Wolman and Spitzley find that local economic development decisions are made through a political process masquerading as a rational process.  A political “growth machine” exists that is a coalition of interests who benefit from real estate development, rather than real economic growth.  Led by business interests such as real estate developers and the Chamber of Commerce, this growth machine maneuvers to take control of the economic development process (Harold Wolman and David Spitzley. 1996. The Politics of Local Economic Development, Economic Development Quarterly 10(3):115-150.)

Rubin finds that when economic development is directed by a Chamber of Commerce, the deals are structured to benefit the businesses, often at the expense of the taxpayers.  When economic development is directed by a local government, the deals are structured to benefit the community as a whole.  When local government turns over the administration of local economic development to a special interest group, such as the Chamber, that special interest group generates a systematic bias in favor of the Chamber’s constituents (Herbert J. Rubin, 1988, Shoot Anything That Flies; Claim Anything that Falls: Conversations with Economic Development Practitioners, Economic Development Quarterly 2(3):236-251)

McGuire finds that economic development is a collaborative process, but the form of the collaboration is important.  With the Chamber is in the lead role, it will direct the process to the benefit of its constituents, its member businesses (Michael McGuire. 2000. Collaborative Policy Making and Administration: The Operational Demands of Local Economic Development. Economic Development Quarterly 14(3): 278-291.)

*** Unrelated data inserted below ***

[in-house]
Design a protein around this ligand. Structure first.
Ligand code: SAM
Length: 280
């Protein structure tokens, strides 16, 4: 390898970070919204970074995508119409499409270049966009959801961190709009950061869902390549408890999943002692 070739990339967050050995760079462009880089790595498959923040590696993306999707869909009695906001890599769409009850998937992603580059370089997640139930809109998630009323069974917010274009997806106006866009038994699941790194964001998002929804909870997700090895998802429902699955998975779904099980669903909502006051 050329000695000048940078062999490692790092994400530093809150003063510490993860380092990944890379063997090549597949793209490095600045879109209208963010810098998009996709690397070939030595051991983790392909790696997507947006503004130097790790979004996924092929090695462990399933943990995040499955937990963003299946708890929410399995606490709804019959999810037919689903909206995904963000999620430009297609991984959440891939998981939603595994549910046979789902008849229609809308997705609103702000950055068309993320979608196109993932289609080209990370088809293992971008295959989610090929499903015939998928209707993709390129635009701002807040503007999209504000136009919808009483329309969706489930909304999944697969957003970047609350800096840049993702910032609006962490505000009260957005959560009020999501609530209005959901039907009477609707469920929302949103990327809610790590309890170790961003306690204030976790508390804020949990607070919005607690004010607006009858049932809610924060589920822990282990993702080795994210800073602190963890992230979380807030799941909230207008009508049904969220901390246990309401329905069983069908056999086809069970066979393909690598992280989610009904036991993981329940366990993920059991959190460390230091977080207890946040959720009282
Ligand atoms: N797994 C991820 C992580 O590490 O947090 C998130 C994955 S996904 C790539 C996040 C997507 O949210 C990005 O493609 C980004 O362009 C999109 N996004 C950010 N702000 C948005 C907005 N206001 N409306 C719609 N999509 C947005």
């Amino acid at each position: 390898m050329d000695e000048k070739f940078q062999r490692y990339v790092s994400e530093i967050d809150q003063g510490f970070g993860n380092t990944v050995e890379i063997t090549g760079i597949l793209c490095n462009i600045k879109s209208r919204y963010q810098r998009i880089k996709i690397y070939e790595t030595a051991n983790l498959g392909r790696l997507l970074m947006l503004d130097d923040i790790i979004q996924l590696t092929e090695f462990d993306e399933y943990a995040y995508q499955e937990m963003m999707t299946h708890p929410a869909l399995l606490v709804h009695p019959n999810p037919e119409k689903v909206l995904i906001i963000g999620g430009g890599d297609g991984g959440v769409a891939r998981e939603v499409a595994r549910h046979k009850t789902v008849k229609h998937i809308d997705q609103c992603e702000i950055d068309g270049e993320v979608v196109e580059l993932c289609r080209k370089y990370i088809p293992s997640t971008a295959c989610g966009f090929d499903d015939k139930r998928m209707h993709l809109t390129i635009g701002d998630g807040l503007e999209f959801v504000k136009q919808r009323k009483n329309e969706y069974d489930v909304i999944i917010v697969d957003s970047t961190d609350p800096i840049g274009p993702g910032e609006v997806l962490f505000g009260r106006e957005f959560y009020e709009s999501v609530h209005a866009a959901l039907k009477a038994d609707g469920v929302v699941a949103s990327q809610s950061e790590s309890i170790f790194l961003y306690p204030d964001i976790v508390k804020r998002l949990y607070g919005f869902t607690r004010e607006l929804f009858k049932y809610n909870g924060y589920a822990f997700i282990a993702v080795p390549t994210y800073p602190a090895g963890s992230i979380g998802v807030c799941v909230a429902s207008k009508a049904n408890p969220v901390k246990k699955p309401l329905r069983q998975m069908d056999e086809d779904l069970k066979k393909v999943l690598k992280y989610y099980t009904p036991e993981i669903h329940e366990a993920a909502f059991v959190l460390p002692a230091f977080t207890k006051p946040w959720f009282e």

Opening up the process can be beneficial.  KU’s own Elaine Sharp finds that “Public officials in tax-stressed communities who are wary of the potential consequences of popular mobilization may be relieved to find that heightened citizen involvement can actually enhance the climate for economic development policies . . . “(Elaine B. Sharp  and David B. Elkins. 1991. The Politics of Economic Development Policy. Economic Development Quarterly, 5, 126-139.)

No one can serve two masters, and the Chamber of Commerce is no exception.  It works for its membership as a special interest group advocating for businesses. 

If the City of Lawrence wants to pursue economic development policies that are beneficial to the community as a whole, it needs to both depoliticize and professionalize the process.

The Chamber of Commerce receives over $400,000 in taxpayer dollars each year from the City and the County.  The record of accomplishments for this large annual taxpayer subsidy is very poor.  The Chamber led the City into 17 tax abatements of which only 35 percent met expectations, the remainder failed outright or did not produce the jobs, wages or investment promised.  The Chamber led the City into violations of the Kansas Open Meetings Act in attempt to broker a deal without the taxpayers’ knowledge.  This caused the members of the City Commission to be censured. The Chamber consistently supported more and more real estate development on the false belief that supply creates demand.  They were wrong, and now the City is stuck with a large inventory of vacant housing, retail stores, and offices.

The City and the County should take this money and spend it on professional planners who report to the elected officials.  These planners would bring professional skills to their work and would serve the community as a whole.   The Chamber should be at the table when economic development policy is designed and implemented, but it should not be paid large sums of public money to be at the table.  The Chamber can sit at the table as an equal, interested and unsubsidized partner. 

Who does the best job of directing local economic development?  Professional planners working for the community do the best job, not the Chamber of Commerce working for its business constituency.